“The Change that Glorifies”
Pentecost 3 (Proper 5), June 5, 2016 #1196
The Change That Glorifies
Text: Galatians 1:11–24
You’ve changed! You folks have changed! Now you might be wondering how, since I just saw most of you a week ago. Well, I’m betting you have. I don’t see a single pair of pajamas out there.
Today we are going to talk about change. Now usually in a LCMS sermon about change, a pastor has to mention how the most used line in a Missouri Synod church is, “This is the way we have always done it.” And a pastor in a LCMS church preaching about change has to say the joke about “How many Lutherans does it take to change a light bulb?” And the answer is “CHANGE?!?!?” Because a lot of times we don’t like change. Change is not usually welcomed in a church. And a lot of times in the church, changes are made just for the sake of change, which a lot of us don’t think is a very good reason to change. But today our discussion is more about the changes that happen in individuals: in you or in me.
There are folks who think people can’t change. And they probably think that way because they know someone who was addicted to alcohol or something, and they didn’t kick the habit. Or they knew someone who kept cheating on their spouse, and wouldn’t stay faithful.
But I would put it before you today that in substantial ways, I’m betting you’ve changed in the last year or five years or ten years. You’ve learned things, seen new things. Some of you have grown taller, maybe a little thicker or maybe a little thinner.
The Bible is here to remind us that there has been an essential change in you that’s more significant than anything we see— a spiritual change. The Gospel of Jesus Christ Changes Us, and in This Change, God Is Glorified.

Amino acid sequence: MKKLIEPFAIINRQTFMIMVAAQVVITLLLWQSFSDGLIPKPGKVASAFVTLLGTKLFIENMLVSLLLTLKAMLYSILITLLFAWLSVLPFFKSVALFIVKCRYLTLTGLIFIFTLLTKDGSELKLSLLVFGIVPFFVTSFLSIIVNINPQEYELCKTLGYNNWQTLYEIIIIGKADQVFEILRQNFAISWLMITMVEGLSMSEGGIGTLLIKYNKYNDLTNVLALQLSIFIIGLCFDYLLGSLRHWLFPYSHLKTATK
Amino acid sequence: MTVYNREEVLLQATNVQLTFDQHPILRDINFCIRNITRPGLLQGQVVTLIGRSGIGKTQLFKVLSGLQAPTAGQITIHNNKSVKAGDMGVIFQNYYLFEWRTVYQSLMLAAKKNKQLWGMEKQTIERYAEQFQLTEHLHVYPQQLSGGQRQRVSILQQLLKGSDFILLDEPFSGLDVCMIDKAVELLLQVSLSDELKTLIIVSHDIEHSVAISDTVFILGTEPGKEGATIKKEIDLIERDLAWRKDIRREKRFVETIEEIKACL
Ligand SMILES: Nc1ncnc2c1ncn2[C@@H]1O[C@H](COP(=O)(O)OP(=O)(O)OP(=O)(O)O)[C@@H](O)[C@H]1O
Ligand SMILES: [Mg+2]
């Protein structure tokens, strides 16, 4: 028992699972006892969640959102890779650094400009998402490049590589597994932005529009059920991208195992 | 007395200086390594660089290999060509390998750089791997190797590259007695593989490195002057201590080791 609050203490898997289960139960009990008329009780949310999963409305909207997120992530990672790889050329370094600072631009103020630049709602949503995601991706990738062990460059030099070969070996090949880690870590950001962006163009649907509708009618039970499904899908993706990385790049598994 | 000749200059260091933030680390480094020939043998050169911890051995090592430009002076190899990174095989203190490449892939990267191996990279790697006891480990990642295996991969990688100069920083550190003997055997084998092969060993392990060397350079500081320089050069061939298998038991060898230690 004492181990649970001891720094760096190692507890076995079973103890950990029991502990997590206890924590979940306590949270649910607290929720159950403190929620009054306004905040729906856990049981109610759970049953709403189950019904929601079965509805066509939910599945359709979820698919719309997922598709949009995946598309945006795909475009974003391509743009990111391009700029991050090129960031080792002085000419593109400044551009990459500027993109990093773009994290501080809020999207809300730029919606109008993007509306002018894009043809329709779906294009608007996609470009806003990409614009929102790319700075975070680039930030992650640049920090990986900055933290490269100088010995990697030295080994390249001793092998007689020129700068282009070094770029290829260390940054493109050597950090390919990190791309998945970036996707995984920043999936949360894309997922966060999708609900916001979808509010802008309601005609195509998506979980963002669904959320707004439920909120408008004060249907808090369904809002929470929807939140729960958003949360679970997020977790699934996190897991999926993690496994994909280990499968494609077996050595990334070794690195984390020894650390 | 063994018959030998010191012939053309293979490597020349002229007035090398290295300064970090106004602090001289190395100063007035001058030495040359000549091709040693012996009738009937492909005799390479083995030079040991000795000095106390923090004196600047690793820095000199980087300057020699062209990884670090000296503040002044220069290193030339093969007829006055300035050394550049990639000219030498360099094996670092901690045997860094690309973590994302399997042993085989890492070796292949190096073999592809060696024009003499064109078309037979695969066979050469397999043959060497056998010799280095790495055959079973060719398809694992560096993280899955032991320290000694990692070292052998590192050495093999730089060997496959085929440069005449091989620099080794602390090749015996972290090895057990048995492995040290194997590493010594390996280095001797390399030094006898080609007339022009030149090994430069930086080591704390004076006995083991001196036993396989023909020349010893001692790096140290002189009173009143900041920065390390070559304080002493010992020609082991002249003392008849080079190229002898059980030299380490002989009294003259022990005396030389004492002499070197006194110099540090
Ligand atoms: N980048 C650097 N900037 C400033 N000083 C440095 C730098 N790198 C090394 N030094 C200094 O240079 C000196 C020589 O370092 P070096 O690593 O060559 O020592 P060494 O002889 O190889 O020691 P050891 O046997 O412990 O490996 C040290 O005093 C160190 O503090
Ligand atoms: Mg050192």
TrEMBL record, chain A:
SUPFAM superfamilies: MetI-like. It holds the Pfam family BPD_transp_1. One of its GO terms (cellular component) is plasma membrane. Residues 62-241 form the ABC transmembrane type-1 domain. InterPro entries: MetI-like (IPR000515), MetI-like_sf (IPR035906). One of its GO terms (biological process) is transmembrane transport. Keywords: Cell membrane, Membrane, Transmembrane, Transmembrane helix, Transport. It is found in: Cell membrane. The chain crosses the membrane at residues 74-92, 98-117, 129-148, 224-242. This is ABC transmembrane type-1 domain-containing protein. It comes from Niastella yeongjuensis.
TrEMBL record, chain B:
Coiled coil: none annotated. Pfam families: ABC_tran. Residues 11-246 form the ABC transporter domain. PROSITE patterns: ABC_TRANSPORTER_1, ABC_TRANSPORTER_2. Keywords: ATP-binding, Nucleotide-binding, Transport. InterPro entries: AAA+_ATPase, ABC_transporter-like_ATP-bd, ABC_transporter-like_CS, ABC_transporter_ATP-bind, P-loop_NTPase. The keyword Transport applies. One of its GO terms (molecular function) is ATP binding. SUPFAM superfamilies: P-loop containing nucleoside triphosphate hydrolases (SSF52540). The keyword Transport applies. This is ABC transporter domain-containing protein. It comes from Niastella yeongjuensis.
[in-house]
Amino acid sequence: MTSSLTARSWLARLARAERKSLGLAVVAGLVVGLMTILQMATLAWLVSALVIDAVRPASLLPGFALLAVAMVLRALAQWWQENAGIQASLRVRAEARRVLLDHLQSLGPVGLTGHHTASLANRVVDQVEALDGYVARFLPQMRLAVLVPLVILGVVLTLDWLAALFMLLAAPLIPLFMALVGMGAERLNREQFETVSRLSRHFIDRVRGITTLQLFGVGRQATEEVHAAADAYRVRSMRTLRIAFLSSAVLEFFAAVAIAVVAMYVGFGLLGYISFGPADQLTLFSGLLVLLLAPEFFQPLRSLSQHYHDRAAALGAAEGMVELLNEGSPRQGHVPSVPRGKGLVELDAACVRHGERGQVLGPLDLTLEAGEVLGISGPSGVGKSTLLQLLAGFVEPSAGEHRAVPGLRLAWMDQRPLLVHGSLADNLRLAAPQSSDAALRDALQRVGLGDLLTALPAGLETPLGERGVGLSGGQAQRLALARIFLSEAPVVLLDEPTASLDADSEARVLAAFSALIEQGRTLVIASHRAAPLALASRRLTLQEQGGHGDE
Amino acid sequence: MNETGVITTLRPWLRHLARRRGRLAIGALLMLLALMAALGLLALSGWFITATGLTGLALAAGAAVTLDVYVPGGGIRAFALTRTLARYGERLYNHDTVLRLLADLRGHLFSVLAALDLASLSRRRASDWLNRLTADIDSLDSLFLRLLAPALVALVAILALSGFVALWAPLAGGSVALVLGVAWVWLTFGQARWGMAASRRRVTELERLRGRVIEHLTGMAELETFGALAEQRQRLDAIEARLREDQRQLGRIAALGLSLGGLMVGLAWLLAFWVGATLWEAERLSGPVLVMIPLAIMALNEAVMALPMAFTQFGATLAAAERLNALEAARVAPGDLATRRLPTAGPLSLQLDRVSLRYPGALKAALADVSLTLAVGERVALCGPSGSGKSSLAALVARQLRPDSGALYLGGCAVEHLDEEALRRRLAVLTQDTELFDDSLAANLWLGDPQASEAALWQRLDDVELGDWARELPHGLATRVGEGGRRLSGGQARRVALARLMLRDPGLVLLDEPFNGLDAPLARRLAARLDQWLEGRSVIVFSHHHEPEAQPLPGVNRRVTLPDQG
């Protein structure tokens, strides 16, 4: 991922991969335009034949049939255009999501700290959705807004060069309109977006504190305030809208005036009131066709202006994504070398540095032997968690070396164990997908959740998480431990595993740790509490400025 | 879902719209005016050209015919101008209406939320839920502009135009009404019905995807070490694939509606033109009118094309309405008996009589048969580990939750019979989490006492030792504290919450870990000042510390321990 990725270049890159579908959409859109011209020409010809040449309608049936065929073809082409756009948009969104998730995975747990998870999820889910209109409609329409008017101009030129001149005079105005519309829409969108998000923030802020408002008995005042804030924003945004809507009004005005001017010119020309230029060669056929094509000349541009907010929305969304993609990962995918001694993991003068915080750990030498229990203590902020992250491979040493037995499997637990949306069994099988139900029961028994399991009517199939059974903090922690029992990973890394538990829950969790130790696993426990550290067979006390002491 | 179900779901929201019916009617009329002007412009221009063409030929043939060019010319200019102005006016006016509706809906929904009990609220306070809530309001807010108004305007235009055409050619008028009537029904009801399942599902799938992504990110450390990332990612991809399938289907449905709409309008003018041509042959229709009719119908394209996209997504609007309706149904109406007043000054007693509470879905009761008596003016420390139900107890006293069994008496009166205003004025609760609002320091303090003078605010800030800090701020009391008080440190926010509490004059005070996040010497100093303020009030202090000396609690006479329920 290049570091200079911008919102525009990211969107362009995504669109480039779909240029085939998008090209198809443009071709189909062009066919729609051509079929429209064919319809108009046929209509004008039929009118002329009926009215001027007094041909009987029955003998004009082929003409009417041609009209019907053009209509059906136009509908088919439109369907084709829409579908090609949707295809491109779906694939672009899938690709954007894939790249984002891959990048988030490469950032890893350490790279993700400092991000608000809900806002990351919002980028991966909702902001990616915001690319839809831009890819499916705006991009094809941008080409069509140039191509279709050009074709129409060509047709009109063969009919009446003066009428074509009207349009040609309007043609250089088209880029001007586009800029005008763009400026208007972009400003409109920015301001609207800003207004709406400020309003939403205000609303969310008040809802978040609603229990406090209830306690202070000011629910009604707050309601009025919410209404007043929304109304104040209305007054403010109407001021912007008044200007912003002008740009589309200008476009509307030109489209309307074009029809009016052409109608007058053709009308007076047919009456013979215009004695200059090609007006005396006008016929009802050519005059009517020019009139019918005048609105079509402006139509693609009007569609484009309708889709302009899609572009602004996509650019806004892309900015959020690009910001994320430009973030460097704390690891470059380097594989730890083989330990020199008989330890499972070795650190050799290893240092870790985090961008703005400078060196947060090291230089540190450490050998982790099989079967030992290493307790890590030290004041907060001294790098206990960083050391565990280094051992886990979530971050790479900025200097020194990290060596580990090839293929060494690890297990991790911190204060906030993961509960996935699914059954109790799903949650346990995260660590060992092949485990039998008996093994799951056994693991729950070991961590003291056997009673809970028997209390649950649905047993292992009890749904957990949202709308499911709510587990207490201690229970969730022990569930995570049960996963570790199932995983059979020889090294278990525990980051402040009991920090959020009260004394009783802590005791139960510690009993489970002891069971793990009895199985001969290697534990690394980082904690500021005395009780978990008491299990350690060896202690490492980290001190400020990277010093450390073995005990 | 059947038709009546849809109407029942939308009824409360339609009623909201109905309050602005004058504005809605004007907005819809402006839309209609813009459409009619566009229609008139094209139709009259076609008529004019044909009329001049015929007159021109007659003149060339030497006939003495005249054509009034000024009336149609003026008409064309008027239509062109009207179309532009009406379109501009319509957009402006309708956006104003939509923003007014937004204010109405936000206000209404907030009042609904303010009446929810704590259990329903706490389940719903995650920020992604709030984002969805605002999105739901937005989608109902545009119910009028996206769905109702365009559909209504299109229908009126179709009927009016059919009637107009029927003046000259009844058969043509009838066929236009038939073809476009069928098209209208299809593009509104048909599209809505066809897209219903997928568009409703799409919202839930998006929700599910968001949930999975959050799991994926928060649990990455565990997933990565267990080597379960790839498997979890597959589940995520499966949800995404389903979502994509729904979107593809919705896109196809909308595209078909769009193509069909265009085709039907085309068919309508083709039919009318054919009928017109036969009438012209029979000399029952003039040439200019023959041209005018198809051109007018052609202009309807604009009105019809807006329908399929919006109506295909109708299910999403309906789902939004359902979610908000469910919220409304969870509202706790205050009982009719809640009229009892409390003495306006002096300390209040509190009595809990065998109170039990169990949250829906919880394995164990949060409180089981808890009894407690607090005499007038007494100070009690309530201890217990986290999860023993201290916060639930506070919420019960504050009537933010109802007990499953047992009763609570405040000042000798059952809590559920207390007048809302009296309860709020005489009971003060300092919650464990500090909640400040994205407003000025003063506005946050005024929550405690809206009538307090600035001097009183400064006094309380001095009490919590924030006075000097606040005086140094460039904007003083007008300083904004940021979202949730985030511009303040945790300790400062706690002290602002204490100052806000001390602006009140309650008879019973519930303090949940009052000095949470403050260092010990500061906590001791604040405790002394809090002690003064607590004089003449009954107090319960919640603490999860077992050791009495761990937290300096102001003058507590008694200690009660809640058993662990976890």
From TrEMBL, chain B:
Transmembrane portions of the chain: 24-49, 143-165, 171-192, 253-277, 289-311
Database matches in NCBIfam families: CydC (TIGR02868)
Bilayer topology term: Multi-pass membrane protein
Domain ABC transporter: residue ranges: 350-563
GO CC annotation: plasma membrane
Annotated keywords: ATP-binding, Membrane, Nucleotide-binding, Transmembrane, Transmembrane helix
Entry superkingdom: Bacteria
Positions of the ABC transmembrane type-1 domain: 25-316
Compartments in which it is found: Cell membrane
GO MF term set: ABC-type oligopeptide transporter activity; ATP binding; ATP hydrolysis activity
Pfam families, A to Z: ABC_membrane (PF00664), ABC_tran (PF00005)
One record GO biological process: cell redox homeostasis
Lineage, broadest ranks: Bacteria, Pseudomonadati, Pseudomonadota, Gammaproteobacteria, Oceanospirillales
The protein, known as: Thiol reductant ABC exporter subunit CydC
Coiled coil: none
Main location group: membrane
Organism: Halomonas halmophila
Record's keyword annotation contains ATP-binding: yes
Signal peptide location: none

We’ve all been in need of change. We are all born in need of a change. I know that may sound weird because when babies are born we think they are cute, and cuddly, and innocent. At least we think that until they start crying as soon as we fall asleep, or “go” while we are changing their diapers. But we are born in need of a real change. We are born as enemies of God.
We are told that in the text for today. These words follow the words of our text which we had last week. After Paul tells the Galatians that they need to follow the only true Gospel and not listen to any conflicting message, he tells them how Jesus and faith in Jesus has changed him. And it’s easy to see that in St. Paul (vv 11–13). He speaks of his “former way of life.” He was making quite a name for himself (v 14). We read that Paul was a Pharisee, a member of that learned group of laymen who were always getting in Jesus’ face complaining that He wasn’t doing anything right. He told the Galatians how as a good Jew he followed all the traditions (and this includes the ones they thought up in addition to what God gave them) and we are told that he was climbing up in the temple hierarchy.
In fact, he was such a good Jew that when the Christian church was born on Pentecost Sunday, he took offense and tried to persecute the members of this church and sought to have its members leave the earth prematurely if you know what I mean. The zeal for the traditions of his fathers led Saul to arrest or have killed those who seemed to abandon the traditions to follow Jesus.
Now why should this interest you, Lutherans in Edmond, OK, half a world away, two millennia later? I’ll tell you why. We were all inclined that very same way—enemies of God—from the moment we were conceived. From the moment we could think our own thoughts, we shared the universal human agenda to be our own gods and to crush anybody who got in our way.
Hard to think of little kids like that, isn’t it? But it’s true. All you have to do is go down this hall when there are two-year-olds in that room down there taking what they want, when they want it, from whomever else has it, and you will see that we are born sinners.
We little babies needed a change! We needed a change man’s ideas cannot bring. Man’s plan of salvation is following some set of rules. The rules we think can get us saved.